11. One type of herpes is not “worse” than the other, although genital herpes is definitely more stigmatized.
Even though the majority of people in the world have HSV-1 and may get cold sores, and even though genital herpes can be caused by both HSV-1 and HSV-2, genital herpes still tends to carry much more shame and stigma in our society. But any type of herpes is essentially just a skin condition that flares up every once in a while.
12. The negative stigma around herpes can actually be worse than herpes itself.
A 2014 article in The Atlantic reported that “The stigma of the virus…is usually worse than the symptoms themselves, as it affects dating, social life and psychological health.” King says that for the people she sees in her herpes support group, the stigma is the biggest issue that they face.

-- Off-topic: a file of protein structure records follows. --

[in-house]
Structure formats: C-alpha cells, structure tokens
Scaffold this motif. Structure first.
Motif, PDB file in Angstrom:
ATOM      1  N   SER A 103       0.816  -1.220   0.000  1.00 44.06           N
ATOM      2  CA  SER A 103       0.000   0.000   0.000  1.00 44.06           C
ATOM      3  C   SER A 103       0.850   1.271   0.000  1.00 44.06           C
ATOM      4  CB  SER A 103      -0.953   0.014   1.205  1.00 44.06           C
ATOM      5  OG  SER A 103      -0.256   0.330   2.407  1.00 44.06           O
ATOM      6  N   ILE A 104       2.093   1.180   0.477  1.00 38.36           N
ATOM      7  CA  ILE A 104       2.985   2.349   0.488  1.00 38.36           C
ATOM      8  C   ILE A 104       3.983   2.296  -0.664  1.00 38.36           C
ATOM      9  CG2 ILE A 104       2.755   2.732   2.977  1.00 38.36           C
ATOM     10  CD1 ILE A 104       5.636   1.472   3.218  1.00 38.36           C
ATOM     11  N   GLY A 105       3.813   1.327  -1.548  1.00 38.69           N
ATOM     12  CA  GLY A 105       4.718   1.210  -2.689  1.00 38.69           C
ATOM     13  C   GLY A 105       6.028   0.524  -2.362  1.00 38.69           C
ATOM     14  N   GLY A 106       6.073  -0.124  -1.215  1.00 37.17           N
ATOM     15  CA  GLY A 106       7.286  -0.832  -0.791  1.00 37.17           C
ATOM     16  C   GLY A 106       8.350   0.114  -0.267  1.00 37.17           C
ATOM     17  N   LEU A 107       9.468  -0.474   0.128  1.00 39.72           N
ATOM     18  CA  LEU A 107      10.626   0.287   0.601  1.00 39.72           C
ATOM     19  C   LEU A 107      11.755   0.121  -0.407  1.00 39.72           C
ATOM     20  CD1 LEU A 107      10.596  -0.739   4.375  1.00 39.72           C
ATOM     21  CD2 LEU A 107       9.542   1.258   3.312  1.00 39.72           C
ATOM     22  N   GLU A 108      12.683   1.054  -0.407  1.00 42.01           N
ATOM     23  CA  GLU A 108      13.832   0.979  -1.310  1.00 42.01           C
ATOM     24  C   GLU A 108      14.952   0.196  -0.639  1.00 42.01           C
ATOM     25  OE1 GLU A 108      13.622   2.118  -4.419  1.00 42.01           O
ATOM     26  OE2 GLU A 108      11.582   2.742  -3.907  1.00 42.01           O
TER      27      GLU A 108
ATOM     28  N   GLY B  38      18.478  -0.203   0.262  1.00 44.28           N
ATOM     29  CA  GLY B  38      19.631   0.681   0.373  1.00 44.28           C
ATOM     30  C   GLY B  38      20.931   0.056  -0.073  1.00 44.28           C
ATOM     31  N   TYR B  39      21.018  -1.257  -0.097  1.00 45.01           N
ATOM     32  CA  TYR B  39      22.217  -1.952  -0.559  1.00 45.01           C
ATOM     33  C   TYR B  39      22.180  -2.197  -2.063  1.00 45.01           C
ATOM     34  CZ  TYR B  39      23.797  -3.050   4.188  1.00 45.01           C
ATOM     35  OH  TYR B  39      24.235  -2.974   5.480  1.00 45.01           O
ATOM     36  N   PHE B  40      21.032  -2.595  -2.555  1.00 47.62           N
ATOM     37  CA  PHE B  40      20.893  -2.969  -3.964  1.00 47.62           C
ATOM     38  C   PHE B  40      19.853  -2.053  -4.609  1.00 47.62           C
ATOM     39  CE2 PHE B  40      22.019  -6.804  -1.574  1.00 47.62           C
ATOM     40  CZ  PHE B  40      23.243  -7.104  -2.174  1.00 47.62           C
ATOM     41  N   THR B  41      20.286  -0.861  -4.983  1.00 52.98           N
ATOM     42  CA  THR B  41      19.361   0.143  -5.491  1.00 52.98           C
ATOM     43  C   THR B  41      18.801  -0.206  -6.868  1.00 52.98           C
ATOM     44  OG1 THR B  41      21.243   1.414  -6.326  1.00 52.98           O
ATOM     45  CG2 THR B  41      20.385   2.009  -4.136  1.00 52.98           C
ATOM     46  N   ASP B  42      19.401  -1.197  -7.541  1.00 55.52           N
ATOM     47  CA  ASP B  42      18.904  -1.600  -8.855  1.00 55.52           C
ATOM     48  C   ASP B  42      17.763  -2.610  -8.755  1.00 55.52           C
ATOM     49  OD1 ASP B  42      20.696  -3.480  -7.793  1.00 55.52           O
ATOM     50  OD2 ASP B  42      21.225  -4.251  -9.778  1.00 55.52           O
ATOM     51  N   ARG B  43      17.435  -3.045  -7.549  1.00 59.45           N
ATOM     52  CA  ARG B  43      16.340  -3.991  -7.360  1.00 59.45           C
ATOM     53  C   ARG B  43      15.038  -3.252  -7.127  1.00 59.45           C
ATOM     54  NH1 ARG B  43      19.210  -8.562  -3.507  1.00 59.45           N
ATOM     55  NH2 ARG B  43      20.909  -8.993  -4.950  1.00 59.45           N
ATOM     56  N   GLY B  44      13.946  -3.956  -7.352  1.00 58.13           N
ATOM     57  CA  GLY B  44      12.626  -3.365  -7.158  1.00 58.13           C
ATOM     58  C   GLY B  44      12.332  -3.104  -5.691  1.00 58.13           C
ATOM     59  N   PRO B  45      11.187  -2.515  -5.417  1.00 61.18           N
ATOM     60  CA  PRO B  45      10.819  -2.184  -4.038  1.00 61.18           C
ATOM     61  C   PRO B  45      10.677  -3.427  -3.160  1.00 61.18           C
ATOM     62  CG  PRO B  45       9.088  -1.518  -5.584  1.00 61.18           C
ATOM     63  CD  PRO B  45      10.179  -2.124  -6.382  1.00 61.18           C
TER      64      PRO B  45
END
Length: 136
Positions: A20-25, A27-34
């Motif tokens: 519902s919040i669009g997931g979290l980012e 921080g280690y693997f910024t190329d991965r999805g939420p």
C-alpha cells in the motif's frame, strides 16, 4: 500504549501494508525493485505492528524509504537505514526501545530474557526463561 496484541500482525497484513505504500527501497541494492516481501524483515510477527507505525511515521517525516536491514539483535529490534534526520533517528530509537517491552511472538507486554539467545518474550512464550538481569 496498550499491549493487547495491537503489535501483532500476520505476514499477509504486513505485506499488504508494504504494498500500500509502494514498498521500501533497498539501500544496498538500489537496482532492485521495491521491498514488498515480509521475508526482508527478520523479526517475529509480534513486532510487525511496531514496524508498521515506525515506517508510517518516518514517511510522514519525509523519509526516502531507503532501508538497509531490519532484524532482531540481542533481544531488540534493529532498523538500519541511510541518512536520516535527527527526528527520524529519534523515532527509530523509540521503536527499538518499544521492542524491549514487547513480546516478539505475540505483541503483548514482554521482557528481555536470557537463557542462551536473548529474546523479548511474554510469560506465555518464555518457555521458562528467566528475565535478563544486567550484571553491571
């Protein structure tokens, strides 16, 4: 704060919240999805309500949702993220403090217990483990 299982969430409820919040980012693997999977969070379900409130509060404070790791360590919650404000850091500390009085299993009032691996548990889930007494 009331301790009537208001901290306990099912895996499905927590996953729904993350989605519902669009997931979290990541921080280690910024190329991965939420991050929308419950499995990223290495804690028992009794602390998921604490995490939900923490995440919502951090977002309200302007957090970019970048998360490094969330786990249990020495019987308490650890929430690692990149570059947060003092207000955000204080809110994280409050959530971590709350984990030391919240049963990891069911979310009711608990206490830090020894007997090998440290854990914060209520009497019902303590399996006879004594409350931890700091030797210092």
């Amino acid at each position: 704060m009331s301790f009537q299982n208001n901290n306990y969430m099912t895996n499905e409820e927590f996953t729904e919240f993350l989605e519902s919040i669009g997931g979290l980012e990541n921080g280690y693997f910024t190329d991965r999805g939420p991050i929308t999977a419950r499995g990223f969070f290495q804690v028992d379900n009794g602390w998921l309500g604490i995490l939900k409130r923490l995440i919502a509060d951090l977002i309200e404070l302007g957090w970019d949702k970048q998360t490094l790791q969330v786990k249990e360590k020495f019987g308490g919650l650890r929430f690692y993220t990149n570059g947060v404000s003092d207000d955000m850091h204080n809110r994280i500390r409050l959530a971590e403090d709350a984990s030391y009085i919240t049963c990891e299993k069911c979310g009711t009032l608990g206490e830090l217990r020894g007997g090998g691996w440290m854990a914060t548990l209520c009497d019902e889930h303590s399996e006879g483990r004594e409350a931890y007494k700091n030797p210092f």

“Most people don’t give their symptoms much of a second thought,” she says, “because for most of them, the symptoms are minor and go away after a couple days.” She says what they really struggle with is the question and reality of what it means to have herpes in our society.
13. Prevention makes it very possible for an HSV+ person to have sex or be in a relationship with an HSV- person and never transmit the infection.
Particularly when someone is on suppressive antiviral medication and practicing safer sex, risk of transmission can be greatly reduced. Cullins suggests female condoms (condoms that go inside the vagina and cover most of the vulva, though it's important to note that not all people with vaginas are female) to provide the most protection against transmission, though condoms that go over the penis will protect what they cover.